Anglers take note: The Department of Parks and Recreation and the North County Officials Association sponsor an annual fall adult trout-fishing derby Saturday from 7 a.m. to 11 a.m. at Apollo Park, 4555 W. Ave. G in Lancaster.
Cash and prizes will be awarded to anglers who land the six heaviest fish. Pre-sale tickets through Friday are $15; derby-day ducats are $20. Information: (661) 722-7780 or (661) 259-1750.
Add trout tourney: Irvine Lake, the Orange County fish-for-a-fee facility at 4621 Santiago Canyon Road in Silverado, hosts a $5,000 tagged trout hunt today through Sunday. There will be 10 tagged fish for the event and any angler catching one of these receives $100 and is automatically entered in drawing for the $5,000 grand prize. Information: (714) 649-9111 or (714) 649-9113.
Nature 101: As part of an ongoing lecture series, the National Park Service presents a free two-hour informative program on Solstice Canyon that takes a closer look at its landscapes and environment. The program takes place Sunday from 2 p.m. to 4 p.m. at Solstice Canyon, situated north of the Pacific Coast Highway (1) off Corral Canyon Road. Information: (805) 370-2301
For the birds: Murrelt Halternman, a Kern River Preserve researcher, speaks on the yellow-billed cuckoo at the general membership meeting of the San Fernando Valley Audubon Society on Friday at 7:30 p.m. at the Van Nuys/Sherman Oaks Senior Citizens Center, 5040 Van Nuys Blvd. All comers are welcome. Information: (818) 831-2438.
Nagata appointed: Governor Gray Davis has announced Robert Y. Nagata's appointment to the California Boating and Waterways Commission. The Commission approves loans and grants requested by the Department of Boating and Waterways, as well as evaluating jurisdictional matters.
A study in irony: Hikers worry that saving bighorn sheep could keep them out of the desert wildlands they love.
``We're all for preserving the wildlife, but just don't shut us out,'' Coachella Valley trail guide Scott Scott told the Palm Springs City Council last week. He was among 75 people who showed up for a joint federal-state informational meeting.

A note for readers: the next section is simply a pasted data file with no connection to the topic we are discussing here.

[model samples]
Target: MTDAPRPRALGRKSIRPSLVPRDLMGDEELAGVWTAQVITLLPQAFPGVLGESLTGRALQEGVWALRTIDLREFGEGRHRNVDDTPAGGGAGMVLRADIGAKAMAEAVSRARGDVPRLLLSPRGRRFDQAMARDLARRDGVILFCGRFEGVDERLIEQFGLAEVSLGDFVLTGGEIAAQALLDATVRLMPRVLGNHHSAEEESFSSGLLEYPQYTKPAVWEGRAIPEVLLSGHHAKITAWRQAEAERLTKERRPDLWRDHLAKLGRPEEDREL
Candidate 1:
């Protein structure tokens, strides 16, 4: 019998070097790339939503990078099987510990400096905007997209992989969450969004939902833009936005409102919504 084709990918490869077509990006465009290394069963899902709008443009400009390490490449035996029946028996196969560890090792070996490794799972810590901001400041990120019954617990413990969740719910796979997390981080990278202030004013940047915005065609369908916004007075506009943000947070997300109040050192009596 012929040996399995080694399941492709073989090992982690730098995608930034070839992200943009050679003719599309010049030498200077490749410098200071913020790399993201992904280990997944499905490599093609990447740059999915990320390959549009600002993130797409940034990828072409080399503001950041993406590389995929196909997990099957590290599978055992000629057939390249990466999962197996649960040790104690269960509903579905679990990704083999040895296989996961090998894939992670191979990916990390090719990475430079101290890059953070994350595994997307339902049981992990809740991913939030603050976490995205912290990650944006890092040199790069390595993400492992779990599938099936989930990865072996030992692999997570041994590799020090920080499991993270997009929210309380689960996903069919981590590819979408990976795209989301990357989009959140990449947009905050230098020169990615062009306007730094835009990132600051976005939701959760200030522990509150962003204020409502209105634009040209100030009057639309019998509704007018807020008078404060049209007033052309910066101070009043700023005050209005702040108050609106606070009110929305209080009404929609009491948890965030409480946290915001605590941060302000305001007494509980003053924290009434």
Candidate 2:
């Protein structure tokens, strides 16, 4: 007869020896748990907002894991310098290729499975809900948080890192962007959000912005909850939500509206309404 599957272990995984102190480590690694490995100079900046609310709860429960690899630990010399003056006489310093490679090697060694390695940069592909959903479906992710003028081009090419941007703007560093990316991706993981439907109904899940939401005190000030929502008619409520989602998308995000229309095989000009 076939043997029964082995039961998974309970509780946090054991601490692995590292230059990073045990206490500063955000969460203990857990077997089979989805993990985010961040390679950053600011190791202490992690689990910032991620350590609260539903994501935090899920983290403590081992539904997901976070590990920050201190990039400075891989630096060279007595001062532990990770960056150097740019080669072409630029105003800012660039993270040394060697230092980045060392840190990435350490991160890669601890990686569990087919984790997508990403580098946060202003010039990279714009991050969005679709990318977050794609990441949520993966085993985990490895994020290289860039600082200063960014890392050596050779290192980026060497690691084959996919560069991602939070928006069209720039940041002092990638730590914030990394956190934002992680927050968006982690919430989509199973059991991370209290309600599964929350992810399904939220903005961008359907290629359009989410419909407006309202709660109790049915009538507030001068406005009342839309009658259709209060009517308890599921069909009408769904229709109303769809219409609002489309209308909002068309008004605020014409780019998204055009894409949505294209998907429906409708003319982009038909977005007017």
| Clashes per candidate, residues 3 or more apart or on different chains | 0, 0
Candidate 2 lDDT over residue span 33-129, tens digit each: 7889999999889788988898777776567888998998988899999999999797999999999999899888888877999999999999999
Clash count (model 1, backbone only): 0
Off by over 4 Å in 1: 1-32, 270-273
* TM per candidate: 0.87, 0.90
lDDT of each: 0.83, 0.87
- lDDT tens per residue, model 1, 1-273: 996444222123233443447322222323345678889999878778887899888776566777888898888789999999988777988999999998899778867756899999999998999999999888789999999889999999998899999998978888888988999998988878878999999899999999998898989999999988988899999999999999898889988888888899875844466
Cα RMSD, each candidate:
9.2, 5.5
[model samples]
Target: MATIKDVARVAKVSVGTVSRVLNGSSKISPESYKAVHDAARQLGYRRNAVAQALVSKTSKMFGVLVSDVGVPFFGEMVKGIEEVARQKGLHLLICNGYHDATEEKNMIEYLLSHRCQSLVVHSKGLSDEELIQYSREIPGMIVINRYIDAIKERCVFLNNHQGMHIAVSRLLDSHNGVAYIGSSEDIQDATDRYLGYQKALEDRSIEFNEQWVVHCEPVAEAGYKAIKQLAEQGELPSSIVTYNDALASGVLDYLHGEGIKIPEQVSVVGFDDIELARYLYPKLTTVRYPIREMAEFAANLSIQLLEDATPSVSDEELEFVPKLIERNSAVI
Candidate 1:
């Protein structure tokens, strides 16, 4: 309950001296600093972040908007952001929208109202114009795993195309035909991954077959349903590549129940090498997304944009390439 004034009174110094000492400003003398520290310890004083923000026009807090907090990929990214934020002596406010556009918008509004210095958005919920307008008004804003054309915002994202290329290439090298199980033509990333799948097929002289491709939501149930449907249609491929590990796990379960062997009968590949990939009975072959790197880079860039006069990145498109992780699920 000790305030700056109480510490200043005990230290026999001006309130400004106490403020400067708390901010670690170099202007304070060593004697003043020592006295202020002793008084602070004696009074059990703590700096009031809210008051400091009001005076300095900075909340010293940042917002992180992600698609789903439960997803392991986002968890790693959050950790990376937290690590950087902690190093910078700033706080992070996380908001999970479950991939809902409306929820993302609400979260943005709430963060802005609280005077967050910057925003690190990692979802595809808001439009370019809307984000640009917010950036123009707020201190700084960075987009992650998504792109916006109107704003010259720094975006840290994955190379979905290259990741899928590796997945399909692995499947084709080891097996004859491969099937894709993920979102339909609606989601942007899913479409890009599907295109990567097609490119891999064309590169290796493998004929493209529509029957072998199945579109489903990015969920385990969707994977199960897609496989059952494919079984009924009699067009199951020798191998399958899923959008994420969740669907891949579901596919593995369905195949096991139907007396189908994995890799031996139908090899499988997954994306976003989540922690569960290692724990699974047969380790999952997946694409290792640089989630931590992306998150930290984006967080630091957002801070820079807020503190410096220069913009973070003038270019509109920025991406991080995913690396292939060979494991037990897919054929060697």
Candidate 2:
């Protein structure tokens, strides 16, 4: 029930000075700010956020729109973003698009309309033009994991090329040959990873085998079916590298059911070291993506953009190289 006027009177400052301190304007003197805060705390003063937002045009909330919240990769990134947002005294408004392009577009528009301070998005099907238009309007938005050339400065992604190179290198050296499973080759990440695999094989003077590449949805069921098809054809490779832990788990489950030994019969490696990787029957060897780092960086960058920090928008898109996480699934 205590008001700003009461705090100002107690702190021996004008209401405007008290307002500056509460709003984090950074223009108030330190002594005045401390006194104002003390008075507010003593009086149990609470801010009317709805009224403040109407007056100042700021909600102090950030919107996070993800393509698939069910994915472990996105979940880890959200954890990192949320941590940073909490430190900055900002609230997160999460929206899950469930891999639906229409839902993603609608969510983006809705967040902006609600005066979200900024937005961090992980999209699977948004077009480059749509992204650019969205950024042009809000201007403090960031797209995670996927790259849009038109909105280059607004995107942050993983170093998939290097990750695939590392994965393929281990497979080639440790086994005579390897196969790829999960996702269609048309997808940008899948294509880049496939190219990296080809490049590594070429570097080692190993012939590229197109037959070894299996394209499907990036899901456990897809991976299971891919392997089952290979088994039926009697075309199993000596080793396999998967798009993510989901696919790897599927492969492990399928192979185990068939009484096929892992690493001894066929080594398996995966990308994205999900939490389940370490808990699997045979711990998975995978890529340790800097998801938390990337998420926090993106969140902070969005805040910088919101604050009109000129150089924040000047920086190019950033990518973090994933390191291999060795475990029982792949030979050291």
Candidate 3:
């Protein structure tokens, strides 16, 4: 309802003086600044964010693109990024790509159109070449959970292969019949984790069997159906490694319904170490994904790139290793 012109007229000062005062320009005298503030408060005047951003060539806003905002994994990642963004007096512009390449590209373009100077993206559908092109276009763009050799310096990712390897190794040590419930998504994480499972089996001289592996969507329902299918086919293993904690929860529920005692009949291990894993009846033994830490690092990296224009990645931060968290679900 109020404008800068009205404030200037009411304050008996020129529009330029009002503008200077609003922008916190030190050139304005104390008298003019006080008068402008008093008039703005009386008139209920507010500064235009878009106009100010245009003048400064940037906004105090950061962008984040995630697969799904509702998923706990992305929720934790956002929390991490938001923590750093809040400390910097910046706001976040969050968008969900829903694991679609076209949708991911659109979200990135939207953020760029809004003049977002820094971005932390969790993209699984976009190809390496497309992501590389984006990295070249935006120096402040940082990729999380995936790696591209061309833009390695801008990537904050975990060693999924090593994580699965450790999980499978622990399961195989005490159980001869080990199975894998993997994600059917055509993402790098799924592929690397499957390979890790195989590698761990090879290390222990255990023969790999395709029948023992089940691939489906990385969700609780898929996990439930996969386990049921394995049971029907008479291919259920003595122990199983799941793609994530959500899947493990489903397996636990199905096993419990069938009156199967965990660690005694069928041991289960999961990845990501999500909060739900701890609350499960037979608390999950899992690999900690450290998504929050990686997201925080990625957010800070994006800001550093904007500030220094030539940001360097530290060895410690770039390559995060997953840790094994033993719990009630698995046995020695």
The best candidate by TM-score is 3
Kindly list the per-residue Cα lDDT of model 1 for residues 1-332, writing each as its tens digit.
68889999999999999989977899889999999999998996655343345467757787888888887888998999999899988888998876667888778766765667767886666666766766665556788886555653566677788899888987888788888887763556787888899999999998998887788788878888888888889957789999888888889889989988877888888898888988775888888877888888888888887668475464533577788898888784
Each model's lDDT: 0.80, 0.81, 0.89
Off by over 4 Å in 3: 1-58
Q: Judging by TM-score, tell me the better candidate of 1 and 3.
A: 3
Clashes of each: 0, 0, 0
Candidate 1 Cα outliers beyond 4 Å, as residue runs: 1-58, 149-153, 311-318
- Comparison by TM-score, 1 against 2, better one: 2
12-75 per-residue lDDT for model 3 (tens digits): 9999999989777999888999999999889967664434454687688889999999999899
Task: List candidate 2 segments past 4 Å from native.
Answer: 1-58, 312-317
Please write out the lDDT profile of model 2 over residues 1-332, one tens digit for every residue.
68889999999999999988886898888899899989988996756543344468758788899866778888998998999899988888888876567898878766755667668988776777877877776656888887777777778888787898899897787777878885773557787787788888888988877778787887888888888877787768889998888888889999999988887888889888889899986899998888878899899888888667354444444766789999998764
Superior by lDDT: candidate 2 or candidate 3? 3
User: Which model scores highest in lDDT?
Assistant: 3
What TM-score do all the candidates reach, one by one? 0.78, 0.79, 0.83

Agencies are planning ways to protect a Peninsular bighorn sheep herd native to the Santa Rosa and San Jacinto mountains that has dwindled to 26 adults and is listed on the federal endangered species list.
``My concern is that some of the environmental agencies may try to close off a substantial percentage of the recreation trails now open to the public,'' Scott said. ``Is that the most effective way to reestablish the health of the bighorn?''
Take it for grants: The BOAT/U.S. Clean Water Trust is accepting applications for grants on environmental boating projects. The trust offers non-profit volunteer organizations grants of up to $2,000 for community-based projects advocating environmentally conscious boating and fishing. Projects range from recycling programs to oil spill prevention programs. Last year, $10,575 in grants were awarded. Applications must be postmarked by Feb. 1, 2000. Information: (703) 823-9550, ext. 3824, or the buscwterols.com Web site.
Wildlife watching: This past year has been one of wildlife revelations for field scout Rich Callas, a Department of Fish and Game biologist who has been tracking deer and elk using global positioning system radio transmitter collars.
In one case, Callas tracked Deer 369 for two months, during which it moved infrequently, holding its range. Then at 12:16 a.m. one night, it suddenly covered 15 miles in a seven-hour span. Once the deer was motivated, Callas said it completed 25 percent of its migration in one 24-hour period.
The study will allow the DFG to track elk and deer in order to learn precise timing of their habitat preferences as the species migrate between summer and winter range. That information can later be used to protect valuable habitat niches on their migration routes.
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|Publication:||Daily News (Los Angeles, CA)|
|Date:||Nov 4, 1999|
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